Film Review: “Totally Killer”

Starring: Kiernan Shipka, Olivia Holt and Charlie Gillespie
Directed By: Nahnatchka Khan
Rated: R
Running Time: 103 Minutes
Amazon Prime Video

Our Score: 3.5 out of 5 Stars

Some of the hardest genres to write are comedy and horror. So, even if a comedy-horror ultimately comes off as generic, but still manages to tickle the funny bone while splattering the screen with blood and gore, that’s a good time in my book. While not a sharp generational criticism like 2022’s “Bodies, Bodies, Bodies,” or an entertaining mockery of horror tropes like “Scare Package,” “Totally Thriller” earns points for tackling one of the toughest genres with enough scattered jokes, gruesome kills and a dash of “who cares, just enjoy it” attitude to become an enjoyable slice of comedy-horror. Emphasis on the comedy.

“Totally Killer” opens on Halloween 2023 in the small town of Vernon which still can’t escape October 1987, when a masked killer, referred to as the Sweet 16 Killer, murdered three 16-year-old high-school girls by stabbing them 16 times. I’m not sure why he didn’t kill 16, but I digress. Pam Hughes (Julie Bowen) lives in fear that the killer will return, especially since she was friends with all three victims. Her daughter Jamie (Kiernan Shipka) is all like, “Whatever mom, get over it. Leave me the hell alone.” Then her mom is murdered by the Sweet 16 Killer. Distraught, Jamie meets up with her friend who is building a time machine (this is the first of many instances where the movie gets intentionally silly and once again shrugs its shoulders). Later on, Jamie is attacked by the Sweet 16 Killer only to be transported back in time to October 1987 through a bizarre knife to the time machine interface mishap.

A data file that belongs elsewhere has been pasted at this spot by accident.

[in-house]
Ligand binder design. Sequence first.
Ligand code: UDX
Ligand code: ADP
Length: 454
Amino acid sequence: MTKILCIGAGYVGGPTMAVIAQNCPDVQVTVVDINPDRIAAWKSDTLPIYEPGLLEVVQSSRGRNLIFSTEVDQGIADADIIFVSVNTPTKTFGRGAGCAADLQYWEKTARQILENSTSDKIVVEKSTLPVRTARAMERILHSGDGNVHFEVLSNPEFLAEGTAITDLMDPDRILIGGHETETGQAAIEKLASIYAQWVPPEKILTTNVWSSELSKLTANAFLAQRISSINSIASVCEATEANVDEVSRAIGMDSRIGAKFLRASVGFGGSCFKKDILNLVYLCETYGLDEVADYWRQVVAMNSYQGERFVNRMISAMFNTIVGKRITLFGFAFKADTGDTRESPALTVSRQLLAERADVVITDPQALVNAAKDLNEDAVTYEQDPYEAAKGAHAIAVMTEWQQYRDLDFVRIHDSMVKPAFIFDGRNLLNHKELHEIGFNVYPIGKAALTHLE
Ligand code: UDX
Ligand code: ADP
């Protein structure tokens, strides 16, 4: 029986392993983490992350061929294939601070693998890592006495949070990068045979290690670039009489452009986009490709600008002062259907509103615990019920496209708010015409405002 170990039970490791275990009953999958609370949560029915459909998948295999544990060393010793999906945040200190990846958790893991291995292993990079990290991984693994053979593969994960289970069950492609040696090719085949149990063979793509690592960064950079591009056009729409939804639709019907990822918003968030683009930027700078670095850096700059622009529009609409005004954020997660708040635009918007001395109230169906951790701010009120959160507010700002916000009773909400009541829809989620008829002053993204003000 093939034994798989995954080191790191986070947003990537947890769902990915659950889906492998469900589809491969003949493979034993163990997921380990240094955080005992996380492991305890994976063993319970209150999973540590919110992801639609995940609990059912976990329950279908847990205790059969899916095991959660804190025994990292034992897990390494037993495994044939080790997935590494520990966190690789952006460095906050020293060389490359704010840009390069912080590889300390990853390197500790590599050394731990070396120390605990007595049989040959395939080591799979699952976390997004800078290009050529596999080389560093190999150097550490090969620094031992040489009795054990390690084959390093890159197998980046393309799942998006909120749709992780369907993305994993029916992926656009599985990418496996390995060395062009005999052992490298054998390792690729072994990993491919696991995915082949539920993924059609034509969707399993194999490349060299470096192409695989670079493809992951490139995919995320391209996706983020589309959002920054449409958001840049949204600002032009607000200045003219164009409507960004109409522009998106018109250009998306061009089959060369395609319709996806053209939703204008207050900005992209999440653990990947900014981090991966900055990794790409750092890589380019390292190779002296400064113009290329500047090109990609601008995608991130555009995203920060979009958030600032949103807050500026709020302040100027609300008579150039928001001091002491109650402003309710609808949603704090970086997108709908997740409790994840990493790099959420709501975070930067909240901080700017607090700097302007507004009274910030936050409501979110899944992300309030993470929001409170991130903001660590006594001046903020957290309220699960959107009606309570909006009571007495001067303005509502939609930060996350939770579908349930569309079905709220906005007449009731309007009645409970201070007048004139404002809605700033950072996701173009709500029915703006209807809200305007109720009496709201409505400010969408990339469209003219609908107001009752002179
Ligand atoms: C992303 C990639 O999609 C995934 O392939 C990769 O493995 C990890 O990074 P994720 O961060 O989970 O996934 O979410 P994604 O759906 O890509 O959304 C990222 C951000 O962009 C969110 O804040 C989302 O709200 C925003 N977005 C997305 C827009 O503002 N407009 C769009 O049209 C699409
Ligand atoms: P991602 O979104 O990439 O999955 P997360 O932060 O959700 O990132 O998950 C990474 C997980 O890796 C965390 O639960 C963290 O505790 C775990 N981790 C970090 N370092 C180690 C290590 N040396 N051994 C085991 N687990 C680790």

“Totally Killer” works because it seems like as the film progresses, Jamie is slowly realizing she’s in a bad slasher film. Jamie name drops horror and time travel films, including “Back to the Future” which “Totally Killer” steals heavily from, comments on the out-of-date circumstances throughout the 80s and seemingly doesn’t mind screwing up the space time continuum by changing history. The film also gives away its future plot points through its movie name drops as if to say originality dies in this film with the teens. Even the killer’s mask, one we’ve never seen before, looks like Max Headroom doing Jim Carrey’s patented eyebrow raise. I’m not sure if anything in this movie isn’t a reference, wink or nod to something else. Like I said, this movie just kind of shrugs and goes, “Here’s a joke and knife to the guts.”

While this could normally ruin a film, “Totally Killer” just relishes in its own ridiculousness and it’s helped by Shipka’s performance which matches every scene perfectly. When she needs to point out the absurdity of a plot point, she does. When she needs to be the parent in charge of a bunch of horny drug fueled teens to make sure they don’t die, she does. When she needs to deliver exposition without questioning the absolute stupidity of what’s happening, she does. Even in the final act, when she has to be the movie’s badass, she does. If Shipka wasn’t with us on this crazy time traveling journey, “Totally Killer” would totally suck.

“Totally Killer” is totally unoriginal, but still totally fun. It’s a film that utilizes every slasher cliché while ridiculing the 80s decade it pulled those same clichés from. Sure, some of the jokes are predictable and the parody isn’t witty like “Airplane,” but “Totally Killer” is so comfortable with what it’s doing that you ultimately relax and wait for the next unpredictable joke or slasher moment. The whole intent of the film is to entertain, no matter how cheesy, lazy and predictable it sometimes is. There’s something admirable if not ultimately meta about that. Maybe “Totally Killer” will ultimately be forgotten and I’ll never watch it again, but if its entire intent was to make me chuckle and make me forget about the cruel world around me for 103 minutes, mission accomplished.